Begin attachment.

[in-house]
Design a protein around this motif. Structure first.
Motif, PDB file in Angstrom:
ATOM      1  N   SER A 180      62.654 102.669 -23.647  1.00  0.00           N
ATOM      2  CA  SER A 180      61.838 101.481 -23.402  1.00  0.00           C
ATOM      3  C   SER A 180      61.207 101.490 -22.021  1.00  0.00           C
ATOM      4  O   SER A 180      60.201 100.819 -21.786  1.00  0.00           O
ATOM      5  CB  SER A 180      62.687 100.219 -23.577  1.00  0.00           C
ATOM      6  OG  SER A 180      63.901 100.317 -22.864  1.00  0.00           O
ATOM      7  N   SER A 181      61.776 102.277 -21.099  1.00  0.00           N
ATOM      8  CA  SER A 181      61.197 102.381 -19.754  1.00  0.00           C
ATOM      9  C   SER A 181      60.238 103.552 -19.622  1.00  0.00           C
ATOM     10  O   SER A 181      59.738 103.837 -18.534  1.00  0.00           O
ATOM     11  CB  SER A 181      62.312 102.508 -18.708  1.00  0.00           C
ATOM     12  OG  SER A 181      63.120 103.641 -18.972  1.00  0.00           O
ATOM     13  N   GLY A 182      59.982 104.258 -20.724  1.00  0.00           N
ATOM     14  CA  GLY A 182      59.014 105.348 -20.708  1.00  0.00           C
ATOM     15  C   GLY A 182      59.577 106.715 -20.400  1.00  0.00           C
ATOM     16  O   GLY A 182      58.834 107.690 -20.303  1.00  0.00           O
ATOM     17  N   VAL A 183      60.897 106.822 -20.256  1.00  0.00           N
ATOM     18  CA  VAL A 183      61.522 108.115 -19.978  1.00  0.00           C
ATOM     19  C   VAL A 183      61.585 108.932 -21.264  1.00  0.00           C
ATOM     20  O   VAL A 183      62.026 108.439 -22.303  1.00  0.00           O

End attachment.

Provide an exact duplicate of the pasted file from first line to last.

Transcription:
[in-house]
Design a protein around this motif. Structure first.
Motif, PDB file in Angstrom:
ATOM      1  N   SER A 180      62.654 102.669 -23.647  1.00  0.00           N
ATOM      2  CA  SER A 180      61.838 101.481 -23.402  1.00  0.00           C
ATOM      3  C   SER A 180      61.207 101.490 -22.021  1.00  0.00           C
ATOM      4  O   SER A 180      60.201 100.819 -21.786  1.00  0.00           O
ATOM      5  CB  SER A 180      62.687 100.219 -23.577  1.00  0.00           C
ATOM      6  OG  SER A 180      63.901 100.317 -22.864  1.00  0.00           O
ATOM      7  N   SER A 181      61.776 102.277 -21.099  1.00  0.00           N
ATOM      8  CA  SER A 181      61.197 102.381 -19.754  1.00  0.00           C
ATOM      9  C   SER A 181      60.238 103.552 -19.622  1.00  0.00           C
ATOM     10  O   SER A 181      59.738 103.837 -18.534  1.00  0.00           O
ATOM     11  CB  SER A 181      62.312 102.508 -18.708  1.00  0.00           C
ATOM     12  OG  SER A 181      63.120 103.641 -18.972  1.00  0.00           O
ATOM     13  N   GLY A 182      59.982 104.258 -20.724  1.00  0.00           N
ATOM     14  CA  GLY A 182      59.014 105.348 -20.708  1.00  0.00           C
ATOM     15  C   GLY A 182      59.577 106.715 -20.400  1.00  0.00           C
ATOM     16  O   GLY A 182      58.834 107.690 -20.303  1.00  0.00           O
ATOM     17  N   VAL A 183      60.897 106.822 -20.256  1.00  0.00           N
ATOM     18  CA  VAL A 183      61.522 108.115 -19.978  1.00  0.00           C
ATOM     19  C   VAL A 183      61.585 108.932 -21.264  1.00  0.00           C
ATOM     20  O   VAL A 183      62.026 108.439 -22.303  1.00  0.00           O